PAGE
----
• Press X to Die: One of the first options given by the book is to either attack Yaztromo, or follow him into his tower. If you choose the first option, Yaztromo will turn you into a frog and end your adventure right away.
  • Riddle for the Ages: It's implied that the Ghoul in the crypt killed and ate the Goblin thief and then took the hammer head... but it's not made clear how it could have left the stone casket, whose lid is so heavy you'll need magic dust just to open it, in the first place. Maybe ghouls are really strong?
  • Schmuck Bait: Your quest is to help the Dwarves of Stonebridge, so you might be tempted to think that any Dwarf you run into would want to help you. The only Dwarf you can meet in the Forest, however, is from a rival city and is looking for the Hammer for his own plans.
  • Sociopathic Hero: Maybe it is a slight case of Early-Installment Weirdness, but in this book you're given a chance to start a fight with almost everyone you meet, regardless if they're hostile or not, such as the man with hunting dogs, the centaur at the riverside, and a random dwarf. In fact, one of the first choices offered by this book is whether you'd like to attack Yaztromo or not!
  • Take Your Time: Despite the impending Troll invasion, the fact that you're free to return to Yaztromo's tower to search the forest again if you fail on your first try suggests that you can travel for days and days up and down Darkwood Forest and Stonebridge won't fall.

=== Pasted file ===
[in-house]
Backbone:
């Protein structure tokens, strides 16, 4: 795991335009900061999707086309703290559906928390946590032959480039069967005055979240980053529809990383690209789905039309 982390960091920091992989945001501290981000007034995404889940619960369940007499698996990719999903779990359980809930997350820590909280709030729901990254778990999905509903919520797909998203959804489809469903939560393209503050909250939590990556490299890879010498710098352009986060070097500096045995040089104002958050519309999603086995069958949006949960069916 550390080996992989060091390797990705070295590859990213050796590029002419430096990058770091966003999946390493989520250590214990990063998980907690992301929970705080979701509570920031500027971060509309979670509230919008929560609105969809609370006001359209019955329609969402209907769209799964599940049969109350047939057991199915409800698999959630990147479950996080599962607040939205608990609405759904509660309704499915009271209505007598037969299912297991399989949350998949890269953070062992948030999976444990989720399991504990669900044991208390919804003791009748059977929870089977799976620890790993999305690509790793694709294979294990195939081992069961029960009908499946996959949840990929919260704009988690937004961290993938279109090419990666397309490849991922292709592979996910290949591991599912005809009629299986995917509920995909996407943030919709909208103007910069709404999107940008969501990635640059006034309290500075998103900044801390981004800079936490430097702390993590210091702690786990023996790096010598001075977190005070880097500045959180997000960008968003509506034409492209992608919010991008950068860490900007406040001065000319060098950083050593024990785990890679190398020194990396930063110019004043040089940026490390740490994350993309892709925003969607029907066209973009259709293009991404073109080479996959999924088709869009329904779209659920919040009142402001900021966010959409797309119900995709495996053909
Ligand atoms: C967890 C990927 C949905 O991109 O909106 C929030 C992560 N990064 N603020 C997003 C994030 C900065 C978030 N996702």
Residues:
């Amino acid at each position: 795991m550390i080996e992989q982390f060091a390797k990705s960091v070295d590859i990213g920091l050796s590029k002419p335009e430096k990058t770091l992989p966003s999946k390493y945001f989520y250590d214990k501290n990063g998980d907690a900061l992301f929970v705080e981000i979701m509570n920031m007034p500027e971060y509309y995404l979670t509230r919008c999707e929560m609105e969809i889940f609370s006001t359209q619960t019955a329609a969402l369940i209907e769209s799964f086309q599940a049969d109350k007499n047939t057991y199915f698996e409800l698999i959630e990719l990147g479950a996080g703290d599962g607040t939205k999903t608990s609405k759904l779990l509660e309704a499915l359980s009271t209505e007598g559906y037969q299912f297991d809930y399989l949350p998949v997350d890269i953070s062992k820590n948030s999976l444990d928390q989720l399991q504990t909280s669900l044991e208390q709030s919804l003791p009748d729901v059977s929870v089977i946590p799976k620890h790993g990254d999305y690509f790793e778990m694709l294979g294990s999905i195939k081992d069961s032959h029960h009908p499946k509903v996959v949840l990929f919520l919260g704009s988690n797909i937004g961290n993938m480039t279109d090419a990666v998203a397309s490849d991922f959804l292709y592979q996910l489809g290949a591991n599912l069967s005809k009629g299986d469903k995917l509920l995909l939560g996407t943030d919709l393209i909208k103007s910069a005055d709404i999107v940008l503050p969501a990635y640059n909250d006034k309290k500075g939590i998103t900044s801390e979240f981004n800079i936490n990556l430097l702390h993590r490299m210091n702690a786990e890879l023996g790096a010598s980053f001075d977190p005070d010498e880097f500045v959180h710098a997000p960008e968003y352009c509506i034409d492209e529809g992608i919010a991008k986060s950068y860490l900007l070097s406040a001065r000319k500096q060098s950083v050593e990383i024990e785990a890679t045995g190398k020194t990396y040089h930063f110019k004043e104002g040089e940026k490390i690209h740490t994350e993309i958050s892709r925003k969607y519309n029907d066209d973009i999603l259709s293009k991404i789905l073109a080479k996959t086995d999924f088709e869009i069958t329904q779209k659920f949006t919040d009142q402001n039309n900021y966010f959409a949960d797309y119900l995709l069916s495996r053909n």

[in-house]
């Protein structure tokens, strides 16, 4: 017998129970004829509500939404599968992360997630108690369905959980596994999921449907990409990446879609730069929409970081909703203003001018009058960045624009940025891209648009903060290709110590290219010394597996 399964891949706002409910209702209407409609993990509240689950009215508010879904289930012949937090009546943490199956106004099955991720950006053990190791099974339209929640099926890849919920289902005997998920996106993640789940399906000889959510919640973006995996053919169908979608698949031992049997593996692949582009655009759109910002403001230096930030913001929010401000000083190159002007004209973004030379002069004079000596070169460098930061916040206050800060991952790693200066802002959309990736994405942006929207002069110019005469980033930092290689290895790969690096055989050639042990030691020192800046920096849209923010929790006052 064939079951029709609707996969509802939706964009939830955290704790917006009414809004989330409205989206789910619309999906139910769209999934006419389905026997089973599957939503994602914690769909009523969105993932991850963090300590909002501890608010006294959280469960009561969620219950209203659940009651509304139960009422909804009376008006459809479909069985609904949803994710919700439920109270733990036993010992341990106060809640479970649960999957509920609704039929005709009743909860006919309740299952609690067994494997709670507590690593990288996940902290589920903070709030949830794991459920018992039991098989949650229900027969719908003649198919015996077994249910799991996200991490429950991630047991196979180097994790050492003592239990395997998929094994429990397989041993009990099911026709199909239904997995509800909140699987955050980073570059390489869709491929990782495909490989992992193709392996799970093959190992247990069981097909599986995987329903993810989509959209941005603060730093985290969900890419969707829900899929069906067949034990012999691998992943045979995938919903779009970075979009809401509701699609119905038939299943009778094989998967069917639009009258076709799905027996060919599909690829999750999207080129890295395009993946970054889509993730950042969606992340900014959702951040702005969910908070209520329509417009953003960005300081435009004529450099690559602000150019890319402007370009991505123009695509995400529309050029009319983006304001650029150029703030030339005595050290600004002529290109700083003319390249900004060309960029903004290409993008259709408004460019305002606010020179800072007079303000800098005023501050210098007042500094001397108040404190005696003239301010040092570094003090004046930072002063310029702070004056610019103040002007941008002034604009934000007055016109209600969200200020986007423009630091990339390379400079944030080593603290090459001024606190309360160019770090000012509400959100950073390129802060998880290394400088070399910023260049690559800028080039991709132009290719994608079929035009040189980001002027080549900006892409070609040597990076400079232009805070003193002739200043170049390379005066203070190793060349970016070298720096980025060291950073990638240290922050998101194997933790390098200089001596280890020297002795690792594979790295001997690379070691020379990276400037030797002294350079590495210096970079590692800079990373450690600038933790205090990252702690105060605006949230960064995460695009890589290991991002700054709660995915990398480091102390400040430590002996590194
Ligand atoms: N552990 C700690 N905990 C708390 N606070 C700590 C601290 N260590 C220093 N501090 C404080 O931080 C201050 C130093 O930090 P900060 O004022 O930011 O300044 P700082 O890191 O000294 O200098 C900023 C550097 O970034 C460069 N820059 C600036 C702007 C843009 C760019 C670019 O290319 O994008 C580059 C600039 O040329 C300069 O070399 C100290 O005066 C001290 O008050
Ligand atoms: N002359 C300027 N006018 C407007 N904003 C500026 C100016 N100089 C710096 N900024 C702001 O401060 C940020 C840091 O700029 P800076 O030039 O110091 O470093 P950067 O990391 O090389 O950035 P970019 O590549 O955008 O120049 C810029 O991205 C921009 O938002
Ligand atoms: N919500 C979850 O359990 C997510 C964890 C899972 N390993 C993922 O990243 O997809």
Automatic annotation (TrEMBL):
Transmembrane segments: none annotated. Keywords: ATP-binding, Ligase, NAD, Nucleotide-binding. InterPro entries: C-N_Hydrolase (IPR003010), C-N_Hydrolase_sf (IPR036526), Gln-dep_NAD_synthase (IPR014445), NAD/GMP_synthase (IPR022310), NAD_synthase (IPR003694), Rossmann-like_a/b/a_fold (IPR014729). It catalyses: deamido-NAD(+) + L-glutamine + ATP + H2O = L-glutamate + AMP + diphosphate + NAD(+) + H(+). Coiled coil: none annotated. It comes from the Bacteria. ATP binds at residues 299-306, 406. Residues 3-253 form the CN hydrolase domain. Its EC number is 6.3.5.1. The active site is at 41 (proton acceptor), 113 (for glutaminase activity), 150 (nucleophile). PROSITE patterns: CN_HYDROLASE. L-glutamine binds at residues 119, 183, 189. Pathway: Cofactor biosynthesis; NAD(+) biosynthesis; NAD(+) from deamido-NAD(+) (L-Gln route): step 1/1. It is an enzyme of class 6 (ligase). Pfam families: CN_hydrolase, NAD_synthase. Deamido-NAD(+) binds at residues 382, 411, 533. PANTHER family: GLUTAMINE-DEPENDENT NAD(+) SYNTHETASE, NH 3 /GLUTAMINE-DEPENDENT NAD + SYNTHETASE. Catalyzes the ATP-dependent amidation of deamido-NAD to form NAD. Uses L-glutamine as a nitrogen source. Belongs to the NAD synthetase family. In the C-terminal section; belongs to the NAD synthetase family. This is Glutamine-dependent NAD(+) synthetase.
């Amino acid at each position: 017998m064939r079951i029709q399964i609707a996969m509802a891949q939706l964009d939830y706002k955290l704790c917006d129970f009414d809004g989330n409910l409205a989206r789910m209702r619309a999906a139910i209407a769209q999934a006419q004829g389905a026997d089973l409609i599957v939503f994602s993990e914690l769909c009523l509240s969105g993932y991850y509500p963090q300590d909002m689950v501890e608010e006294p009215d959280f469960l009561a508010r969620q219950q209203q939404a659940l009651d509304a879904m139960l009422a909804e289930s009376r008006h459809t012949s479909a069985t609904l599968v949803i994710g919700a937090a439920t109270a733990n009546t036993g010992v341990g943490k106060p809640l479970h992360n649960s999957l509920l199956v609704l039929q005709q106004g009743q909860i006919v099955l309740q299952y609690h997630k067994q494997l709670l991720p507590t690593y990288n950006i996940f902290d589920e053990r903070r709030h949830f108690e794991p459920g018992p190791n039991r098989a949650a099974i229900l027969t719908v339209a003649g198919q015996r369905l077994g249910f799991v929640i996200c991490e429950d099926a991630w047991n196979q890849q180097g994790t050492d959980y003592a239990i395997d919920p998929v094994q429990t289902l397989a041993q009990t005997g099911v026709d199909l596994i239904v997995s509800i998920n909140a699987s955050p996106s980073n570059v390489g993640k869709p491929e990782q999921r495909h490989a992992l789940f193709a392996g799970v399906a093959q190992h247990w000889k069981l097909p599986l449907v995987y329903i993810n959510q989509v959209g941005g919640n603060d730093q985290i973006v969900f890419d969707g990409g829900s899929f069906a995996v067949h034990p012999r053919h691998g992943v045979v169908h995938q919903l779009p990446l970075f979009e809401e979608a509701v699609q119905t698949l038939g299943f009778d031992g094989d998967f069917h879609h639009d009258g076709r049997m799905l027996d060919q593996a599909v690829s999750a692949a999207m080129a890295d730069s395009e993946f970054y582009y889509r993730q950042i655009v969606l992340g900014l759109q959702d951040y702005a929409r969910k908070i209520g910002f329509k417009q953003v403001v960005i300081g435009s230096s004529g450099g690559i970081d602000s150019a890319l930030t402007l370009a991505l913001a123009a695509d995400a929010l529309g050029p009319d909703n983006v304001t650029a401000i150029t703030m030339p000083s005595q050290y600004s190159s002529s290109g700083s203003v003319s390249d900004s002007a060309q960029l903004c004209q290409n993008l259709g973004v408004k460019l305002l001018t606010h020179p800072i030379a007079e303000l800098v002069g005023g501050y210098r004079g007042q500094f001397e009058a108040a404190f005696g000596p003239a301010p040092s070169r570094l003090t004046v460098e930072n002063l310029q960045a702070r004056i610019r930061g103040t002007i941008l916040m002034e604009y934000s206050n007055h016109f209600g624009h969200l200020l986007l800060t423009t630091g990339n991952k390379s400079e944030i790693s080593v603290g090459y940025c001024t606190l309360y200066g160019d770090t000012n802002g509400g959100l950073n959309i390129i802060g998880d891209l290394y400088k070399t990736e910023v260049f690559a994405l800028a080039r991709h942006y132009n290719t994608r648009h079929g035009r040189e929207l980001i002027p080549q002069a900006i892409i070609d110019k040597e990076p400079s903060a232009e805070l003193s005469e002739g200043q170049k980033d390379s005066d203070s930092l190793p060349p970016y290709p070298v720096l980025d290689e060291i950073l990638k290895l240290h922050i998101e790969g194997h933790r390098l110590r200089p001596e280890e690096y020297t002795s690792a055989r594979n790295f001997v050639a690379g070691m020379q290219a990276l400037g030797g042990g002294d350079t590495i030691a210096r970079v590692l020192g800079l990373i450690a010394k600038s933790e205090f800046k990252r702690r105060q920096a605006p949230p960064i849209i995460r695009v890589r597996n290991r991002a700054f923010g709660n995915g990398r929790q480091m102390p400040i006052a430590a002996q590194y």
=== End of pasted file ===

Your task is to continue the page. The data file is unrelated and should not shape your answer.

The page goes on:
• Too Dumb to Live: Attacking Yaztromo, even after he warns you that his power is great, is the fastest and dumbest way to end the game.
  • Truth Serums: The Eye of Amber, when worn around your neck, can force people to tell you the truth. It's used to unmask Arragon the Magician.
  • Ungrateful Bastard: Several.
    • When you release the Goblin from the Ogre's cage, the little bastard will still attack you.
    • Helping a stranger out of a trap results in getting some of your items stolen.
    • The tied-up barbarian isn't the least bit grateful for being set free.
  • Useless Item:
    • One of the items Yaztromo sells (Rod of Water-Finding) isn't used anywhere in the book.
    • Similarly, some items found in the forest seem like they'd serve a purpose later on (e.g. the wooden whistle and the throwing knife) but never do.
  • You Kill It, You Bought It: If you destroy the Fire Demon and decide to wear his crown, you will become the next Fire Demon, in a Non-Standard Game Over.